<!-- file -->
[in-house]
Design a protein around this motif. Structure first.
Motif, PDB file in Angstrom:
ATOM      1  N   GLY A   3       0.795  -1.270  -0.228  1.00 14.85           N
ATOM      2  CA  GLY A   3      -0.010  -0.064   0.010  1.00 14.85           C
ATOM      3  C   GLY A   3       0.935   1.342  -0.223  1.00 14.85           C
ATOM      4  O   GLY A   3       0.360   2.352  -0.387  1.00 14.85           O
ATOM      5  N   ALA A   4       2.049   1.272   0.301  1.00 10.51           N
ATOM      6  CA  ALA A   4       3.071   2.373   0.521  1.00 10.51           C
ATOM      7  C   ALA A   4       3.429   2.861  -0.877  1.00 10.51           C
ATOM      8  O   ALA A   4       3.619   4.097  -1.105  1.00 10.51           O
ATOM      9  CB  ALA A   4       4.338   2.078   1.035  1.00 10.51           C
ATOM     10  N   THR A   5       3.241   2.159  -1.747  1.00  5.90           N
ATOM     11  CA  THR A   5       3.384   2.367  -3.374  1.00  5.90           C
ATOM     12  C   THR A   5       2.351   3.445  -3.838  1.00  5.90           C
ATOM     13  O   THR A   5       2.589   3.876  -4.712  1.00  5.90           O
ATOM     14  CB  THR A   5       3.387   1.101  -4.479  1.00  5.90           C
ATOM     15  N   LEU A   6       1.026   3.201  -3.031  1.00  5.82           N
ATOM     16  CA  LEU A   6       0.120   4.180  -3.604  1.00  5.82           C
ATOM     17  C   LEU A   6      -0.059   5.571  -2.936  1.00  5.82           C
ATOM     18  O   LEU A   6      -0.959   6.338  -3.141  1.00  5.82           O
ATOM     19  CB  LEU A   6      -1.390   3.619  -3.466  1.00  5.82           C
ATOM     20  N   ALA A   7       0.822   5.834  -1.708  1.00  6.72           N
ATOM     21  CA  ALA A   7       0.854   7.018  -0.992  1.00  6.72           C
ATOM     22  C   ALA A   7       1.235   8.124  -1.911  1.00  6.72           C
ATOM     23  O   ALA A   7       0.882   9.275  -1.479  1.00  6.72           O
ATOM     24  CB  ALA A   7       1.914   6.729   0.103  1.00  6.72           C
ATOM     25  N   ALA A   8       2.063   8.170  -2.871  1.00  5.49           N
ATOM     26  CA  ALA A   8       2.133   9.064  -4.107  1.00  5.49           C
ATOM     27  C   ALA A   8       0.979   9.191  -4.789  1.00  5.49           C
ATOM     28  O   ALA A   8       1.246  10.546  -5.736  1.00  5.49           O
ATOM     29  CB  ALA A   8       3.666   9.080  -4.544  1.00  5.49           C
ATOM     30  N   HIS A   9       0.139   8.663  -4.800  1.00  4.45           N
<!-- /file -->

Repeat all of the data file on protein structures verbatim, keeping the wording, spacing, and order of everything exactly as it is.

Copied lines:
[in-house]
Design a protein around this motif. Structure first.
Motif, PDB file in Angstrom:
ATOM      1  N   GLY A   3       0.795  -1.270  -0.228  1.00 14.85           N
ATOM      2  CA  GLY A   3      -0.010  -0.064   0.010  1.00 14.85           C
ATOM      3  C   GLY A   3       0.935   1.342  -0.223  1.00 14.85           C
ATOM      4  O   GLY A   3       0.360   2.352  -0.387  1.00 14.85           O
ATOM      5  N   ALA A   4       2.049   1.272   0.301  1.00 10.51           N
ATOM      6  CA  ALA A   4       3.071   2.373   0.521  1.00 10.51           C
ATOM      7  C   ALA A   4       3.429   2.861  -0.877  1.00 10.51           C
ATOM      8  O   ALA A   4       3.619   4.097  -1.105  1.00 10.51           O
ATOM      9  CB  ALA A   4       4.338   2.078   1.035  1.00 10.51           C
ATOM     10  N   THR A   5       3.241   2.159  -1.747  1.00  5.90           N
ATOM     11  CA  THR A   5       3.384   2.367  -3.374  1.00  5.90           C
ATOM     12  C   THR A   5       2.351   3.445  -3.838  1.00  5.90           C
ATOM     13  O   THR A   5       2.589   3.876  -4.712  1.00  5.90           O
ATOM     14  CB  THR A   5       3.387   1.101  -4.479  1.00  5.90           C
ATOM     15  N   LEU A   6       1.026   3.201  -3.031  1.00  5.82           N
ATOM     16  CA  LEU A   6       0.120   4.180  -3.604  1.00  5.82           C
ATOM     17  C   LEU A   6      -0.059   5.571  -2.936  1.00  5.82           C
ATOM     18  O   LEU A   6      -0.959   6.338  -3.141  1.00  5.82           O
ATOM     19  CB  LEU A   6      -1.390   3.619  -3.466  1.00  5.82           C
ATOM     20  N   ALA A   7       0.822   5.834  -1.708  1.00  6.72           N
ATOM     21  CA  ALA A   7       0.854   7.018  -0.992  1.00  6.72           C
ATOM     22  C   ALA A   7       1.235   8.124  -1.911  1.00  6.72           C
ATOM     23  O   ALA A   7       0.882   9.275  -1.479  1.00  6.72           O
ATOM     24  CB  ALA A   7       1.914   6.729   0.103  1.00  6.72           C
ATOM     25  N   ALA A   8       2.063   8.170  -2.871  1.00  5.49           N
ATOM     26  CA  ALA A   8       2.133   9.064  -4.107  1.00  5.49           C
ATOM     27  C   ALA A   8       0.979   9.191  -4.789  1.00  5.49           C
ATOM     28  O   ALA A   8       1.246  10.546  -5.736  1.00  5.49           O
ATOM     29  CB  ALA A   8       3.666   9.080  -4.544  1.00  5.49           C
ATOM     30  N   HIS A   9       0.139   8.663  -4.800  1.00  4.45           N